Leadership in Energy & Environmental Design (LEED®) uses established and innovative practices, standards, and technologies to provide a voluntary consensus-based national standard for green building. With operations impacted by rising costs of utilities, chemicals, and maintenance, Owners & Designers are looking for innovative ways to recycle hundreds of thousands of gallons of water at aquatic facilities and waterparks. Innovation includes revising pool wastewater for flushing toilets in the bathhouse to installing a 200-gallon backwash system rather than the traditional 5,000 gallons. Examples of sustainable design approaches that can lower operating costs via water conservation and energy efficiency include:
Regenerative Media Filtration
A Regenerative Media Filter system utilizes technology that has been in the industry for 50 years. The primary reason for the major return of interest in these systems is the reduction in equipment room space requirements and reduced water consumption. A single tank oriented vertically in the filter area can act as the filter system for the entire pool by enclosing hundreds of hollow tubes adhered to a regenerative filter. This single tank can accommodate the same filter area as five or six traditional high-rate sand filters, creating a significant reduction in required mechanical room space. A typical RMF system may reduce a pool’s water consumption by up to 97%.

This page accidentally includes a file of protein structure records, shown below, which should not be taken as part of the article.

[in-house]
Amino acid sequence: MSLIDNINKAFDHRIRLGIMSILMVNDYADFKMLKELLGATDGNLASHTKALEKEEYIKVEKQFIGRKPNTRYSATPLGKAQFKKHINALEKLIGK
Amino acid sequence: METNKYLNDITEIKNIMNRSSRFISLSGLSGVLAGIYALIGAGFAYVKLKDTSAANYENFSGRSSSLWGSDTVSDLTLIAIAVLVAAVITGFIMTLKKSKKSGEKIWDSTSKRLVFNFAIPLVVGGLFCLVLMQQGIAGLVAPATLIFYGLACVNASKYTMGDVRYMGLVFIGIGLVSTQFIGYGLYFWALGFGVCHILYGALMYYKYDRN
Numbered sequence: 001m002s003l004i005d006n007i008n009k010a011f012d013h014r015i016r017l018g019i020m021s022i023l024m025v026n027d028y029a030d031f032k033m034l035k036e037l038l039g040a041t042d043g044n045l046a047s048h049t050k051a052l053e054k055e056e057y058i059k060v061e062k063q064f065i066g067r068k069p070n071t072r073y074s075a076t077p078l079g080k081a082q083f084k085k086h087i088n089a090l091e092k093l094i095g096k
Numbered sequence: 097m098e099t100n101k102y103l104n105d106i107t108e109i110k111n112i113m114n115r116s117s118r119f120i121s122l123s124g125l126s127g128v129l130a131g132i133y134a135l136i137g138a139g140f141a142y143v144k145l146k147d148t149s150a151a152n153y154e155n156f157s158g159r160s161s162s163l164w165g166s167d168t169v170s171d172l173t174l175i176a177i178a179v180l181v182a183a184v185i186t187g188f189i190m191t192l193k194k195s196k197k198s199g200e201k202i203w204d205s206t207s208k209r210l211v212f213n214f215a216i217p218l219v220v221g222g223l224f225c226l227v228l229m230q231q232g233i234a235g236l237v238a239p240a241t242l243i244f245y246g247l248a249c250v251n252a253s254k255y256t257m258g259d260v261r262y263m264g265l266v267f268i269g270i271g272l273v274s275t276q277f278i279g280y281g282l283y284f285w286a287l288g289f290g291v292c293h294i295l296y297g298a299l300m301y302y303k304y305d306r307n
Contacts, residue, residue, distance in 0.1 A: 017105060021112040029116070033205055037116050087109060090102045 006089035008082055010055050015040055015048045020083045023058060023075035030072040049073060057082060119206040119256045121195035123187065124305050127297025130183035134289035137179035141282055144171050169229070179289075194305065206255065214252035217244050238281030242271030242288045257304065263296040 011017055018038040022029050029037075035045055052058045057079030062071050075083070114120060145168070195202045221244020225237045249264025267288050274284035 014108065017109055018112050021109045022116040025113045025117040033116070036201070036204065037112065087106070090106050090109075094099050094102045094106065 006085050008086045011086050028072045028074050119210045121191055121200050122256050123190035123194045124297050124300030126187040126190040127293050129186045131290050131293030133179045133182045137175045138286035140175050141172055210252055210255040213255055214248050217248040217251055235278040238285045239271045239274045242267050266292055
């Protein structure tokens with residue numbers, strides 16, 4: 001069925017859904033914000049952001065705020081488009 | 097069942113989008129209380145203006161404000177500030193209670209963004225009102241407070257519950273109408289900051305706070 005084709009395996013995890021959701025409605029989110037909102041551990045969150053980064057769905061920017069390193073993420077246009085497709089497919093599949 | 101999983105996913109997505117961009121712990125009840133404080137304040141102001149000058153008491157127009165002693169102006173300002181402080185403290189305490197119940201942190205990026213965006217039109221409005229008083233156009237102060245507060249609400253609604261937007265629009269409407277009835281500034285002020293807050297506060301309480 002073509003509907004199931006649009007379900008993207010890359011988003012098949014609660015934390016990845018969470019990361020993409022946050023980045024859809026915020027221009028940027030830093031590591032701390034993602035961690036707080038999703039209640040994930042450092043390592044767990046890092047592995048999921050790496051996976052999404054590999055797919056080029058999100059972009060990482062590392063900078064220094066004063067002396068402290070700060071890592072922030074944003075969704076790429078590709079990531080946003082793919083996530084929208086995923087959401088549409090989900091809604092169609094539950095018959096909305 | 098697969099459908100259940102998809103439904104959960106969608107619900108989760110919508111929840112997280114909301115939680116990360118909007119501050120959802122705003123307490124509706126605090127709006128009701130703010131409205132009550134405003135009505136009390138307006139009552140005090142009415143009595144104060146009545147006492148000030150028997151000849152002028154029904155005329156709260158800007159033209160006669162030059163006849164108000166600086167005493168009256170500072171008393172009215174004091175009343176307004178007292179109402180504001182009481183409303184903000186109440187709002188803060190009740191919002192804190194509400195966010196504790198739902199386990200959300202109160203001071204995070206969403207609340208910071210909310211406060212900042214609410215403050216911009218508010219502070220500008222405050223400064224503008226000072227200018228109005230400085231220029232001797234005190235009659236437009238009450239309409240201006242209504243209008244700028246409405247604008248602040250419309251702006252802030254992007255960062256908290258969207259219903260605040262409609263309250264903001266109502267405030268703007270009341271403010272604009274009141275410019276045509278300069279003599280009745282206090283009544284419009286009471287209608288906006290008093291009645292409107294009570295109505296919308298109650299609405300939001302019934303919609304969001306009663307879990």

High Efficiency Direct Fired Heating
Direct fired pool heating technology has dramatically improved in recent years. Improvements in burner design as they relate to the integrated heat exchanger have resulted in results that achieve 95% to 97% heater efficiency. In addition to the sustainable energy processes, these new design solutions have increased system durability and longevity allowing for an extended warranty period beyond industry averages.
Underwater Pool Lights
LED technology is now available for underwater swimming pool lighting. The bulbs provide energy efficiency in operation by utilizing just 70 watts each compared to the traditional underwater bulbs that use 500 watts or greater. These energy efficient bulbs also provide 10 times the life making them a cost effective and “green” addition to the pool.
Pools lose thermal energy in a many different ways. This energy loss is mostly through water evaporation and its corresponding evaporative cooling. The most efficient way to reduce this form of energy loss is by covering the pool with pool blankets during down times. As pools lose heat through evaporation, the pool heaters supplement this lost heat. The use of pool blankets reduces the demand on pool heaters for maintaining pool operating temperatures. Pool blankets offer a second benefit in that they are an insulating cover that helps maintain heat in the pool. Pool blankets may reduce operating costs from water, heat, and chemical losses by as much as 50% if used every evening for 8-10 hour periods.